Featured Image: Pioneer ROV (Blueye Robotics AS)

The Deep Ocean: Seabed Warfare and the Defense of Undersea Infrastructure, Pt. 1

By Bill Glenney

Introduction

Given recent activities by the PLA(N) and the Russian Navy, the matters of seabed warfare and the defense of undersea infrastructure have emerged as topics of interest to the U. S. Navy.1,2 Part One of this paper presents several significant considerations, arguably contrary to common thinking, that highlight the challenges of bringing the deep sea and benthic realm into cross-domain warfighting in the maritime environment. Part Two presents three warfighting concepts drawn from the body of work done by the CNO Strategic Studies Group (SSG) that would give the Navy capabilities of value for the potential battlespace.

The Deep Ocean Environment

For clarity the term “deep ocean” will be used to cover the ocean bottom, beneath the ocean bottom to some unspecified depth, and the ocean water column deeper than about 3,000 feet.3 The deep ocean is where the U.S. Navy and the submarine force are not. Undersea infrastructures are in the deep ocean and on or under the seabed for various purposes.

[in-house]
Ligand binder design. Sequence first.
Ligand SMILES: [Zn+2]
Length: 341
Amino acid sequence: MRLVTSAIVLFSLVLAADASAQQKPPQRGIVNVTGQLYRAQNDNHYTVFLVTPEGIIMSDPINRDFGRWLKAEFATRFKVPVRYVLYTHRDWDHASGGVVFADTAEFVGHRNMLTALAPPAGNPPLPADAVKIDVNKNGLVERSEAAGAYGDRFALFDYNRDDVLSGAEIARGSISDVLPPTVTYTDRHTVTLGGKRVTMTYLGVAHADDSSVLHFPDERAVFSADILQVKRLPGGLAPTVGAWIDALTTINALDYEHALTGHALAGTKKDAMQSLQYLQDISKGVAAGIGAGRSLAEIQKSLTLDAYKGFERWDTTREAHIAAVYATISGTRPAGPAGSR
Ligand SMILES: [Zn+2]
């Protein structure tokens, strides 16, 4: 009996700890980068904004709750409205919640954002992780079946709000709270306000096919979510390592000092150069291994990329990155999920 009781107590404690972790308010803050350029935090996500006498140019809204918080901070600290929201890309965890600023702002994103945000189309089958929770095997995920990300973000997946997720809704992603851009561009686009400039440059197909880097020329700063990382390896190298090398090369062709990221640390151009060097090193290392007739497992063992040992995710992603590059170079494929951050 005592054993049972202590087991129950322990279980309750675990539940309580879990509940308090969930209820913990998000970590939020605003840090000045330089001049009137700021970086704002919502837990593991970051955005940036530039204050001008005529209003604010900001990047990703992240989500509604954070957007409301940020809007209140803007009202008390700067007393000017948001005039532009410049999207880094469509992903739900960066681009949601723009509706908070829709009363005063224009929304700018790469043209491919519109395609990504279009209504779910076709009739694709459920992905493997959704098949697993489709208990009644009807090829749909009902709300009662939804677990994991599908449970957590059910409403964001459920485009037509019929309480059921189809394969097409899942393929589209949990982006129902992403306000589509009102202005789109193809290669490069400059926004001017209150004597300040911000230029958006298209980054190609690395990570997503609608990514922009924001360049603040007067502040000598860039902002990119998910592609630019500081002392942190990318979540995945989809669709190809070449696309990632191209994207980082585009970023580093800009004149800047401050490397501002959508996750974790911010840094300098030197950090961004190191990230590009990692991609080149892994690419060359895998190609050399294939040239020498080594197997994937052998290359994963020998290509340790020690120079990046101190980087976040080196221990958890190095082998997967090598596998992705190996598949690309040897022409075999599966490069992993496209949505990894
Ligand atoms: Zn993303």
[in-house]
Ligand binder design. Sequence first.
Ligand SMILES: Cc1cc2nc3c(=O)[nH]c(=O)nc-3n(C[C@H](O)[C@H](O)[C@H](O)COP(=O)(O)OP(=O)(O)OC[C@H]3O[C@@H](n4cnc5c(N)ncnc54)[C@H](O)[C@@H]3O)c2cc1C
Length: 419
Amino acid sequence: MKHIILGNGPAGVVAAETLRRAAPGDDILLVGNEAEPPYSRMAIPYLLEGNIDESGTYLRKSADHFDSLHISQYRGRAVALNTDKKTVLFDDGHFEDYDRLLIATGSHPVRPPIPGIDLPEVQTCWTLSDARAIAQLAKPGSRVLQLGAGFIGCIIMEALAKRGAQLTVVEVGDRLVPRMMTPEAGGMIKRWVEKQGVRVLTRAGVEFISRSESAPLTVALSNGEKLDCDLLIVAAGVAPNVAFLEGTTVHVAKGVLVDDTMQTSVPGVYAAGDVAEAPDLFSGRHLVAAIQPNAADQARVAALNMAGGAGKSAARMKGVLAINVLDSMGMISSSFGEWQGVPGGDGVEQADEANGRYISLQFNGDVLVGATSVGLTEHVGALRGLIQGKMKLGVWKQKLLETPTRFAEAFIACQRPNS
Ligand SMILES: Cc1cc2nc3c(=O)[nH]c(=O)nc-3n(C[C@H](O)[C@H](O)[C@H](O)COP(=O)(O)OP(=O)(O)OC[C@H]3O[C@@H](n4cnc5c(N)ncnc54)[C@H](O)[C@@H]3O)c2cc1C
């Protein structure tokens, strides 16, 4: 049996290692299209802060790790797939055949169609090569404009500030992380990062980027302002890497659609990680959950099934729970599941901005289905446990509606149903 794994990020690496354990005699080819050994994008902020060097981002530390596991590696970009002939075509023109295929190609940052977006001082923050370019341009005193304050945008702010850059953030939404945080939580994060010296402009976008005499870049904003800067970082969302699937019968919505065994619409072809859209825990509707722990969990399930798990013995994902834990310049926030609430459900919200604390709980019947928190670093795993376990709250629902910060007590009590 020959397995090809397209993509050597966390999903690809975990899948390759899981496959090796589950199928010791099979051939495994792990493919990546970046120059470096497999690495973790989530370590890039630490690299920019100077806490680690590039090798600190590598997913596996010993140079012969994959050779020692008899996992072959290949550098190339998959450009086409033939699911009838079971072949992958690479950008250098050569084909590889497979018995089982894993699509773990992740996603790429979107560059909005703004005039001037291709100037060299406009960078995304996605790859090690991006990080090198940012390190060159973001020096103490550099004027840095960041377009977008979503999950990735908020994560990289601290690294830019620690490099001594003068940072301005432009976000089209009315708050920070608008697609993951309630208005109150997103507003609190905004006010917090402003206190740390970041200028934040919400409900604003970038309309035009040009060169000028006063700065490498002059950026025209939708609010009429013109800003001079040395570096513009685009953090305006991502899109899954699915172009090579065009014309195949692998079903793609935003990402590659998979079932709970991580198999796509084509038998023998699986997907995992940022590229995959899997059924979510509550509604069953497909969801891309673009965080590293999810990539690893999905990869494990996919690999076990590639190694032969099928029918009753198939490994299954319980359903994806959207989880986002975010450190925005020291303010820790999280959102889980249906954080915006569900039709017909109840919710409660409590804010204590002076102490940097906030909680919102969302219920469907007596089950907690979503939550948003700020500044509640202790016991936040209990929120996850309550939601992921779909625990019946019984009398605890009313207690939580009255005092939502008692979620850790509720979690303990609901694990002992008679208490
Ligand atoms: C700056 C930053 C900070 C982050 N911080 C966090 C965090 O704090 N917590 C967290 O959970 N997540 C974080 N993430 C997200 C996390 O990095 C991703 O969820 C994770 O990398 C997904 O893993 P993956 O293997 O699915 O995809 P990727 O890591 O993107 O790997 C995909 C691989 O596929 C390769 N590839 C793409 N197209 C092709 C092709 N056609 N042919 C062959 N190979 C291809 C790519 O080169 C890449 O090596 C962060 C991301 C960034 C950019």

How does the maritime fight on the ocean surface change when there must be a comparable fight for the deep ocean? In the maritime environment, it is long past time for the U.S. Navy to be mindful of and develop capabilities that account for effects in, from, and into the deep ocean, including effects on the ocean floor. Cross-domain warfighting demands this kind of completeness and specificity. As the Army had to learn about and embrace the air domain for its Air-Land battle in the 1980s, the Navy must do the same with the deep ocean for maritime warfare today and for the future.

However, the current frameworks of mine warfare, undersea warfare, and anti-submarine warfare as practiced by the Navy today are by no means sufficient to even deny the deep ocean to an adversary let alone control the deep ocean.  To “own” a domain, a force must have the capability to sense and understand what is in and what is happening in that domain. The force must also have the capability to act in a timely manner throughout that domain.

Today, the Navy and many nations around the world have radars and other sensors that can detect, track, and classify most of anything and everything that exists and happens in the atmosphere from the surface of the ocean and land up to an altitude of 90,000 feet altitude or higher, even into outer space. The Navy and many nations also have weapons – on the surface and on land, and in the air – that can act anywhere within the atmosphere. Some nations even have weapons that can act in the atmosphere from below the ocean surface. In short, with regard to the air domain, relevant maritime capabilities abound, including  fixed or mobile, unmanned or manned, precise or area. Naval forces can readily affect the air domain with capabilities that can cover the entire atmosphere.